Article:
Teacher Notes: You will need to prepare the populations ahead of time. You can put marbles, beads, macaroni, or other small objects in bags. The numbers will work best if the bags contain between 30 and 100 objects. I have bought toys from the dollar store for use in this project, like little plastic insects or snakes to give it more of a "biology" feel. Masking tape can serve to mark the objects, but make sure students remove the tape for the next class, extra marks will skew the data.
Another option is to use white beans you buy at the supermarket, students can use permanent markers or pens to mark the beans and then count manually at the end of the experiment. Each group could receive about a beakerful of beans to work with.
A discussion prior to this activity should address why biologists have hard time estimating populations of animals in the wild: they move around, space is too big, you cannot capture them all
1. If you were in charge of a team given the responsibility to determine the number of sunfish in Horseshoe Lake, discuss with your partner how would you accomplish this task and describe in detail below.
Answers vary, you could count the fish in a portion of the lake and then multiply by the size of the lake
A technique called sampling is sometimes used to estimate population size. In this procedure, the organisms in a few small areas are counted and projected to the entire area. For instance, if a biologist counts 10 squirrels living in a 200 square foot area, she could predict that there are 100 squirrels living in a 2000 square foot area.
2. A biologist collected 1 gallon of pond water and counted 50 paramecium. Based on the sampling technique, how many paramecium could be found in the pond if the pond were 1,000 gallons? 50 x 1000 = 50,000
3. What are some problems with this technique? What could affect its accuracy? different areas might have more dense populations, if you took a sample from the bottom of the lake it may be different from a sample at the top of the lake
Over the years I have collected toys to serve as sample populations, things like legos, toy soldiers, and other fake animals you can buy from the dollar store make this activity more engaging for students.
4. Calculations = Find your Population Estimate
Estimated Size - this will vary based on their data, students often forget that "10" is the number they initially marked. Some need help with equation solving and plugging numbers.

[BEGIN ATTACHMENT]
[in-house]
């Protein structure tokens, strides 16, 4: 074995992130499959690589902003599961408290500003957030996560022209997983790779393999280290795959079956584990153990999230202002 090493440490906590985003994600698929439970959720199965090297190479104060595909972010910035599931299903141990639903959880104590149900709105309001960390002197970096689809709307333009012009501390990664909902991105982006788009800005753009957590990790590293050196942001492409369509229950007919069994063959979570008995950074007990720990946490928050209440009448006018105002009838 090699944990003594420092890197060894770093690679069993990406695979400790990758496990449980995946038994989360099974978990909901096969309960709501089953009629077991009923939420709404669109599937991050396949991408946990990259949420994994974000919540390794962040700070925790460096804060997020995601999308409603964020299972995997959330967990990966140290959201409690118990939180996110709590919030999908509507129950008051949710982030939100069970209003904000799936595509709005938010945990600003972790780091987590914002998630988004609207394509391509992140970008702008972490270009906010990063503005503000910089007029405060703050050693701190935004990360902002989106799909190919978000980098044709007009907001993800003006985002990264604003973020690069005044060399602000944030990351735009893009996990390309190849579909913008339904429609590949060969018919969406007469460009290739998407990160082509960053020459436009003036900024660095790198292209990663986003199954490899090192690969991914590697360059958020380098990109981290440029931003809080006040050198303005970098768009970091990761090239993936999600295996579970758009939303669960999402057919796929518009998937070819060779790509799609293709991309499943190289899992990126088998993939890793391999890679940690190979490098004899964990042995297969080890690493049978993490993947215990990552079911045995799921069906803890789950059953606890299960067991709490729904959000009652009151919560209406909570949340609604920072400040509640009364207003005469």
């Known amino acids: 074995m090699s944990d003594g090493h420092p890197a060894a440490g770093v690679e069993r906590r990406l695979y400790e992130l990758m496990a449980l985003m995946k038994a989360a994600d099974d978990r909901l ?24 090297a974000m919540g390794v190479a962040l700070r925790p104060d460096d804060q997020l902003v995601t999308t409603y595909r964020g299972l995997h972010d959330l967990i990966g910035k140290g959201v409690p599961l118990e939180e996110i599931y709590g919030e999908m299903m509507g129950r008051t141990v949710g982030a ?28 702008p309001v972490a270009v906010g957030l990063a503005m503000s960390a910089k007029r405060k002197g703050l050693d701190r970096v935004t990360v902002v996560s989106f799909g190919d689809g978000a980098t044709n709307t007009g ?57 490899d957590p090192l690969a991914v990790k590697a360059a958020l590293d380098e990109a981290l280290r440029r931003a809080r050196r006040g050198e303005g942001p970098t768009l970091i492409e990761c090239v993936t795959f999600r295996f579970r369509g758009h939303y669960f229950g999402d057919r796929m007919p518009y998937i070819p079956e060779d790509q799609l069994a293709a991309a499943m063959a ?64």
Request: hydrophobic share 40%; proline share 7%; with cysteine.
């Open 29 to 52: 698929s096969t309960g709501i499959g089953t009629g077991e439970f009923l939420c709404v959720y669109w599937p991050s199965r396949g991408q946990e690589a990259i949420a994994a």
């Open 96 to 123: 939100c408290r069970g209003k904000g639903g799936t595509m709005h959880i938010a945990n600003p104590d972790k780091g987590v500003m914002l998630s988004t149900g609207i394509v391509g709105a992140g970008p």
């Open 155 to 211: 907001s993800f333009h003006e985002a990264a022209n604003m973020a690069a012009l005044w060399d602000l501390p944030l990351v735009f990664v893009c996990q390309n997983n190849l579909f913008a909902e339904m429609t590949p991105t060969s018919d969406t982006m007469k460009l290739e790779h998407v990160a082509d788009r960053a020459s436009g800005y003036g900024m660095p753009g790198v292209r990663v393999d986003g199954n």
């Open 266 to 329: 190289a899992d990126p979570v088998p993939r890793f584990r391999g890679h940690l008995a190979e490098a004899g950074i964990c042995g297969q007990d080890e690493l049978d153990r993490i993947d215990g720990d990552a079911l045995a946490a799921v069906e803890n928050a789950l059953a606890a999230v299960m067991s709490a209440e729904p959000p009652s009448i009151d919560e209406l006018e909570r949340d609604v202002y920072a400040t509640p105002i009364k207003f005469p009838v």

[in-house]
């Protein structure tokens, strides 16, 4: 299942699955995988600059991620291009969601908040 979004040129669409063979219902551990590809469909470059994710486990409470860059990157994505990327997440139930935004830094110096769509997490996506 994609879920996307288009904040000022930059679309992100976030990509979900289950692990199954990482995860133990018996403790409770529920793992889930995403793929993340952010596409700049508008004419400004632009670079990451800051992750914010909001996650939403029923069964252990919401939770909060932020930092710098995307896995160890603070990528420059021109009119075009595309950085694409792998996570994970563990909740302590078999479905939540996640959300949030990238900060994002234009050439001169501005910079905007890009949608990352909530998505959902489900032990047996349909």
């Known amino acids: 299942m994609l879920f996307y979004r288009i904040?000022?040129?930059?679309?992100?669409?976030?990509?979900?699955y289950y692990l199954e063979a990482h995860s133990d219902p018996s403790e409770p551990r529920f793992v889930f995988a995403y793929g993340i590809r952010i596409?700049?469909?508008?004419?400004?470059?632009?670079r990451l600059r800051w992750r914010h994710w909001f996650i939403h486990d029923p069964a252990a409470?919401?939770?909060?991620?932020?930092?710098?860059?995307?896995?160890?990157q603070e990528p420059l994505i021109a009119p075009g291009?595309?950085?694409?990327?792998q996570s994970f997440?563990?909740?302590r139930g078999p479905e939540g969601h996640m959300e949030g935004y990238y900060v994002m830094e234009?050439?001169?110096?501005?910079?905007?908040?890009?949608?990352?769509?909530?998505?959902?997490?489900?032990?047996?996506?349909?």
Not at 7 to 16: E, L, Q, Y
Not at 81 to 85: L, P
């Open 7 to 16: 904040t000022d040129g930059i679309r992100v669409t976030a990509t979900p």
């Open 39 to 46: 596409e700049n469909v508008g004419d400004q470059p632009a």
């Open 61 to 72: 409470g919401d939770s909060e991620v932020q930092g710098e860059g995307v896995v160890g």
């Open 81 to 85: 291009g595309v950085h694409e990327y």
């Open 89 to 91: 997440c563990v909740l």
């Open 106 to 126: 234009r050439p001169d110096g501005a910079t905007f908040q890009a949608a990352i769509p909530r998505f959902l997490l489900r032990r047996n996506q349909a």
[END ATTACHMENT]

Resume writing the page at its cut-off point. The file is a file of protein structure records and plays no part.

5. Use the code-name on your bag to check with the teacher about how many “animals” are really in your population.
Name on Bag ___________________________ Actual Size _________ Keep this on a card for students to check, they can also count the bag themselves but I find this decreases the authenticity of the simulation. If you ask them to count, then they will say "why didn't I just do this in the first place"
6. Compare the actual size to the estimated size. Did you overestimate or underestimate? varies
7. Continue the experiment by filling out the data table.
Recalculate your estimate using the formula. (Show below)
a. Is the second estimate closer than the first one? ______
b. To get the most accurate results, you would generally
do [ more / less ] trials . (circle)
Generally more trials result in better results, but the scope of this simulation may actually cause the results to be worse. You may want to discuss with students why population studies usually continue for many years by the department of natural resources.
8. Given the following data, what would be the estimated size of a butterfly population in Wilson Park.
A biologist originally marked 40 butterflies in Wilson Park. Over a month long period butterfly traps caught 200 butterflies. Of those 200, 80 were found to have tags. Based on this information, what is the estimated population size of the butterflies in Wilson Park? SHOW WORK to get credit.
Use the formula above
200 x 40 / 80 = 100